1. Community Forests and Village Forests
Forest resources in Indonesia, when they are managed wisely, can contribute to the eradication of structural poverty happening in forest areas. According to a research by Prof. Didik Suharjito (2014), the number of poor people living in villages around the forests reaches 12 million people or 32.4% from the total population living around the forests or 66.3% of the total population living under poverty line.
One of the Forestry Ministry (now Environment and Forestry Ministry) programs that can be a solution to this problem is Perhutanan Sosial or Social Forestry. This program gives access right to community members who had been using the forests to earn a living. The program has two branches: Community Forests (Hkm) and Village Forests (HD). The Ministry gives access rights for 35 years, which can be extended. The right to manage Hkm is given by a head of district and HD given by governor. This program needs supports from the provincial and district administrations, NGOs, private sector, etc. The community needs more than the right to manage but also needs trainings to build their institutional capacity, managing the commodities they produce, post harvesting process, and the marketing, and at the same time, they have to pro-actively guarding their Hkm or HD from various disturbances or from illegal activities cause destruction.
Kelambu waterfall in Hkm Air Berik in West Nusa Tenggara is one of outdoor recreation or ecotourism sites (Wiratno, 2014).
As of November 2014, Forestry Ministry had issued permits called Working Area Approval (PAK) for 328,452 hectares of Hkm in 78 districts, 23 provinces, for 100,212 families or 510,060 people. But the follow up to the permits, in the form of Utilization Permit (IUP) issued by districts had only reached 89,880 hectares of Hkm in 28 districts. On average, a family manages 3.3 hectares.The Ministry had issued 318,024 hectares of HD in 223 villages, 53 districts in 18 provinces. It allows 112,472 families or 563,370 people to manage the HD. On average a family manages 2.8 hectares. But the follow up to the permit issued by the governor, in the form of Managing Rights of Village Forests (HPHD), has been given to only 67,737 hectares in eight provinces: West Sumatra, Jambi, Bengkulu, South Sumatra, South Kalimantan, Central Kalimantan, South Sulawesi, and Central Sulawesi.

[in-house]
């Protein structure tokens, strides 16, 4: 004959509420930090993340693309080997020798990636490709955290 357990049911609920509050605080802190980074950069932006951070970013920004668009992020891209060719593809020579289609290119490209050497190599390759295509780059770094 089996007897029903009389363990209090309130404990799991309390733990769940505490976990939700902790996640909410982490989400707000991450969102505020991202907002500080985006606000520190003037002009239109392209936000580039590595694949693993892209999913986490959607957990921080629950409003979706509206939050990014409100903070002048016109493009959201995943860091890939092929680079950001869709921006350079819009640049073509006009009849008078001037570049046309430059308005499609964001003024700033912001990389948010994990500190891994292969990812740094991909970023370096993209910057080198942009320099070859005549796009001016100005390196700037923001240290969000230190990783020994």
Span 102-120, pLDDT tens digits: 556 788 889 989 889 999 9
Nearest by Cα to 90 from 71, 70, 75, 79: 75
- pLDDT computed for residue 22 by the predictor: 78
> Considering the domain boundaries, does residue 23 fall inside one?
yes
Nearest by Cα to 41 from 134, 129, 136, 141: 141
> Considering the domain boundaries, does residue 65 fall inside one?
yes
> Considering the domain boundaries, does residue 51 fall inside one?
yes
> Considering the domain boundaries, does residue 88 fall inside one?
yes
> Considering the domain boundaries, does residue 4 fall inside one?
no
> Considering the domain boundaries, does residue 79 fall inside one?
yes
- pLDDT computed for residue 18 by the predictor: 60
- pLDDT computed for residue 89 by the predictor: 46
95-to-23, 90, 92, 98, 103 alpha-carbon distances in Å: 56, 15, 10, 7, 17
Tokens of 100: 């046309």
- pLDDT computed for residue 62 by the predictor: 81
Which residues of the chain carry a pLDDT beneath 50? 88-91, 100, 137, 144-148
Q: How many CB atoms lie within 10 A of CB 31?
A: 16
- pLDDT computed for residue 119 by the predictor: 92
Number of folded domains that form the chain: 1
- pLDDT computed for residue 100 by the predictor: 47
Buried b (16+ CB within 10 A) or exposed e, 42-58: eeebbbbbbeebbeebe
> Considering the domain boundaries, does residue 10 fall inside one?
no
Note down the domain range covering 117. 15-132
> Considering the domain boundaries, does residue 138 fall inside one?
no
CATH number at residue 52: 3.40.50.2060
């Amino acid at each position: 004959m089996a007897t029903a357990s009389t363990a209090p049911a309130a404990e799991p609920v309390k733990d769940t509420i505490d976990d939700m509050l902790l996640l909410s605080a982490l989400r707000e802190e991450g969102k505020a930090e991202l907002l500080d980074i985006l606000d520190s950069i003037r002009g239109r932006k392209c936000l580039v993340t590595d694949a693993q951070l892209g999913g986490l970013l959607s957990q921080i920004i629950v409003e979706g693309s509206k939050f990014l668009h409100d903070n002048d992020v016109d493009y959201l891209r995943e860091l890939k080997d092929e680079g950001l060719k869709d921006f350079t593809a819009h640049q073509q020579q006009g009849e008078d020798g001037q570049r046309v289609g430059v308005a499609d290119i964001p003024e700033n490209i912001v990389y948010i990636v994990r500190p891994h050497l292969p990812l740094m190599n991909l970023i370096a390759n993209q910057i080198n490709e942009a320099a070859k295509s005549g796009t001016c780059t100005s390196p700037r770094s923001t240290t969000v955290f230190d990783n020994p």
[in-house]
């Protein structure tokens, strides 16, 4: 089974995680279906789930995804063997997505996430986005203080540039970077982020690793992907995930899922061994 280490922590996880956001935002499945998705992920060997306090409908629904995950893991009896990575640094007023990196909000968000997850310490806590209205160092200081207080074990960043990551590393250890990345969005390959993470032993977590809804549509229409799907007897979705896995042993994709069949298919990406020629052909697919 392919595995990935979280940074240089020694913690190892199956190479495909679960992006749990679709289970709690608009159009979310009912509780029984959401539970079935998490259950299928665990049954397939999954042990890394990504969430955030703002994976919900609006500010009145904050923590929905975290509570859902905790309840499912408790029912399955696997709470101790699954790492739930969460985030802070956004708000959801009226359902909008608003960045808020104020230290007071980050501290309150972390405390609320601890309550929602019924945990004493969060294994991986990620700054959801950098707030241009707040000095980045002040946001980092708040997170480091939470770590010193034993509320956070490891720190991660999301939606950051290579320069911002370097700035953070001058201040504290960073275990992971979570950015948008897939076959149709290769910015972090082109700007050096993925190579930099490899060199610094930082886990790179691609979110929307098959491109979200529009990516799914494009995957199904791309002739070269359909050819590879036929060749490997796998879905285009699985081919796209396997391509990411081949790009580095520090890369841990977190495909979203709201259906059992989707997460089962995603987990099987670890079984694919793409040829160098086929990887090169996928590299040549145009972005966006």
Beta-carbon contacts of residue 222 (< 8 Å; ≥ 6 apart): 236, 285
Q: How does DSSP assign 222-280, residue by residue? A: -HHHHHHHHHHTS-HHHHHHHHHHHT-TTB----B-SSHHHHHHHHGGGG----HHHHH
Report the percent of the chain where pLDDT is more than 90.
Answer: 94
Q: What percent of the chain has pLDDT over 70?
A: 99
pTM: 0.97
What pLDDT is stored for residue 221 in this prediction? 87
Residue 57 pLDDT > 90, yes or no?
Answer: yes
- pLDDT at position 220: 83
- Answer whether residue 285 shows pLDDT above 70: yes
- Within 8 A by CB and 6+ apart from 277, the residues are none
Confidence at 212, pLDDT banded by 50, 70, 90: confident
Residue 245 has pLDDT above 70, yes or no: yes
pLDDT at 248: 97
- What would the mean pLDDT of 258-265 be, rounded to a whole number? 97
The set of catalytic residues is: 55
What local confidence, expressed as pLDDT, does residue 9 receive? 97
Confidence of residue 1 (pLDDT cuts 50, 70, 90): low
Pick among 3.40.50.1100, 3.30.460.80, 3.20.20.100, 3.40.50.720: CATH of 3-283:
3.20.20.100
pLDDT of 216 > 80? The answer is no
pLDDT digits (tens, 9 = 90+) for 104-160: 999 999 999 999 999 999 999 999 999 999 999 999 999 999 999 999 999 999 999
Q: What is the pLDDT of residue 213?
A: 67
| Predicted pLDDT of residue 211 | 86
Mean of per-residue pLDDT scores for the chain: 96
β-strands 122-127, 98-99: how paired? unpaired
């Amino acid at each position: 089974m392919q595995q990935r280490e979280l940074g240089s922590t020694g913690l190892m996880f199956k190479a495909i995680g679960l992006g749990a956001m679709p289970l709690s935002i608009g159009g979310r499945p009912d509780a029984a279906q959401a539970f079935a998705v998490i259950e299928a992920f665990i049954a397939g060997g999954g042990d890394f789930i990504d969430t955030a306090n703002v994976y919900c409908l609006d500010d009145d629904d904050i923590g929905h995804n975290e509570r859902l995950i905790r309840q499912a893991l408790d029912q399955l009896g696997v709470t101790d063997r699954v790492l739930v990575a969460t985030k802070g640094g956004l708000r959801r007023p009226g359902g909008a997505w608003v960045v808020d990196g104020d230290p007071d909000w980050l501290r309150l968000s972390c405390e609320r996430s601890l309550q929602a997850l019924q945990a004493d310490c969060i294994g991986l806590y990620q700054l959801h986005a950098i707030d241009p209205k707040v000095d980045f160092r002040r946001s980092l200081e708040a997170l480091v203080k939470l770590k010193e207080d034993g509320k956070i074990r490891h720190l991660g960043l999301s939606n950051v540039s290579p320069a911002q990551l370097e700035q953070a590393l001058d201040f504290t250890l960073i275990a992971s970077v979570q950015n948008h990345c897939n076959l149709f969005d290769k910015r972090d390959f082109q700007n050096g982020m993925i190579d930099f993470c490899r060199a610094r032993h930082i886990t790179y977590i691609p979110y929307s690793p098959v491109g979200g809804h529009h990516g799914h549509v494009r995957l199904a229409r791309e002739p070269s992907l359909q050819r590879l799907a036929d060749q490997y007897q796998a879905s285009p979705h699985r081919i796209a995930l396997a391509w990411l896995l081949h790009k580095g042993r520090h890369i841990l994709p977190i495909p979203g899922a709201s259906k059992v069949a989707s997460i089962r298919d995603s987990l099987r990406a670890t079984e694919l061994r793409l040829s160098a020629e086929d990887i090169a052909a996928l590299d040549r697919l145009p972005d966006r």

2. The distribution of Community Forests
There are seven provinces that got high portion of Working Area Approval (PAK), beginning with Lampung with the biggest area, followed by Aceh, Bengkulu, East Nusa Tenggara, West Kalimantan, West Nusa Tenggara, and South Sulawesi. The following graph describes the spread:3. The Spread of Village Forests
The spread of Village Forests that have gained the approval is in West Kalimantan province, which has the biggest approved area, followed by Central Kalimantan, West Sumatra, South Sumatra, East Kalimantan, West Papua, and South Sulawesi.
4. Social Forestry and Prosperitya
A. Coffee Economy on Community Forests, Tanggamus District
Tanggamus district in Lampung province has got an approval to utilize 40,043 hectares of Community Forests or almost 50% of the total approval for the entire community forests in the province. Most of the Community Forests has been planted with Robusta coffee without shaded trees among. The productivity is 750 kilograms per hectare and the coffee beans containing 13 percent of water are tagged at Rp. 20,500 per kilogram. It generates Rp 15.37 million per hectare.
If 60% of the Community Forests farmers grow coffee, the economic value from coffee in Tanggamus district could reach Rp. 392 million.
Supported by PT Ulubelu Cofco Abadi, a coffee exporter, the farmers formed a cooperative and the company helped provide the infrastructure like the warehouse, training for more productive coffee agriculture, and managing pests.
B. Community Forests in West Lampung
A research conducted by Indonesian Institute of Sciences (LIPI) on Community Forests (Hkm) in West Lampung in 2009 proves that Hkm has succeeded in reducing poverty in farmer households by 10% to 90%, depending on the agroforestry technique the farmers use and the institutional capacity on each Hkm site. The research suggests the Social Forestry model is synergized with national policy on poverty eradication. Coffees contribute to 44% of total household income. (Aji, G. B., et al, 2014).